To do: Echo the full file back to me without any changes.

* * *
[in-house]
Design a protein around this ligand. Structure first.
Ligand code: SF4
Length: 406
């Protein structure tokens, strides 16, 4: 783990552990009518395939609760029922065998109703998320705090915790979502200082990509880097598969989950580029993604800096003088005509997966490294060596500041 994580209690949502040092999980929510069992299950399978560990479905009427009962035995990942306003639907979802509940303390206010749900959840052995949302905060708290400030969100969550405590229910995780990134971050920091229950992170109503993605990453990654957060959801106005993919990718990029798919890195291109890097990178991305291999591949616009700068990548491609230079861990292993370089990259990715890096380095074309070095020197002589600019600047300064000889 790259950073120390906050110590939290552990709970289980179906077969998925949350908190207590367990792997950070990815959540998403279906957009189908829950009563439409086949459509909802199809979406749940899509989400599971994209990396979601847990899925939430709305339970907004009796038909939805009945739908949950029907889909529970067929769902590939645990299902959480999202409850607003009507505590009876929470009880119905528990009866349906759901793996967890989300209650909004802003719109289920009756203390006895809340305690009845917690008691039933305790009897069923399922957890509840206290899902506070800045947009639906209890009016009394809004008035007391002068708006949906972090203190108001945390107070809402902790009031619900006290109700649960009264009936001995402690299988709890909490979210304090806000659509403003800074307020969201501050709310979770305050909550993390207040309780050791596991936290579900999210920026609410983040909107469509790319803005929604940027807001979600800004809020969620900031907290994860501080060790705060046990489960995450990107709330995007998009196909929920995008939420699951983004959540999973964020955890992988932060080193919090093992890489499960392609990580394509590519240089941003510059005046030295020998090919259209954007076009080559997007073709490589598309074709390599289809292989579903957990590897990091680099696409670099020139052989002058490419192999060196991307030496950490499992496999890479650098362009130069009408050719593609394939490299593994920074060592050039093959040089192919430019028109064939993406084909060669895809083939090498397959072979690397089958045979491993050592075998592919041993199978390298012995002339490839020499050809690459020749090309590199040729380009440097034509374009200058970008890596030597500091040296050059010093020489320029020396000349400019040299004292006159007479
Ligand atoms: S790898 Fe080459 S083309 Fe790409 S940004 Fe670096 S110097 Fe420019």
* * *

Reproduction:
[in-house]
Design a protein around this ligand. Structure first.
Ligand code: SF4
Length: 406
């Protein structure tokens, strides 16, 4: 783990552990009518395939609760029922065998109703998320705090915790979502200082990509880097598969989950580029993604800096003088005509997966490294060596500041 994580209690949502040092999980929510069992299950399978560990479905009427009962035995990942306003639907979802509940303390206010749900959840052995949302905060708290400030969100969550405590229910995780990134971050920091229950992170109503993605990453990654957060959801106005993919990718990029798919890195291109890097990178991305291999591949616009700068990548491609230079861990292993370089990259990715890096380095074309070095020197002589600019600047300064000889 790259950073120390906050110590939290552990709970289980179906077969998925949350908190207590367990792997950070990815959540998403279906957009189908829950009563439409086949459509909802199809979406749940899509989400599971994209990396979601847990899925939430709305339970907004009796038909939805009945739908949950029907889909529970067929769902590939645990299902959480999202409850607003009507505590009876929470009880119905528990009866349906759901793996967890989300209650909004802003719109289920009756203390006895809340305690009845917690008691039933305790009897069923399922957890509840206290899902506070800045947009639906209890009016009394809004008035007391002068708006949906972090203190108001945390107070809402902790009031619900006290109700649960009264009936001995402690299988709890909490979210304090806000659509403003800074307020969201501050709310979770305050909550993390207040309780050791596991936290579900999210920026609410983040909107469509790319803005929604940027807001979600800004809020969620900031907290994860501080060790705060046990489960995450990107709330995007998009196909929920995008939420699951983004959540999973964020955890992988932060080193919090093992890489499960392609990580394509590519240089941003510059005046030295020998090919259209954007076009080559997007073709490589598309074709390599289809292989579903957990590897990091680099696409670099020139052989002058490419192999060196991307030496950490499992496999890479650098362009130069009408050719593609394939490299593994920074060592050039093959040089192919430019028109064939993406084909060669895809083939090498397959072979690397089958045979491993050592075998592919041993199978390298012995002339490839020499050809690459020749090309590199040729380009440097034509374009200058970008890596030597500091040296050059010093020489320029020396000349400019040299004292006159007479
Ligand atoms: S790898 Fe080459 S083309 Fe790409 S940004 Fe670096 S110097 Fe420019």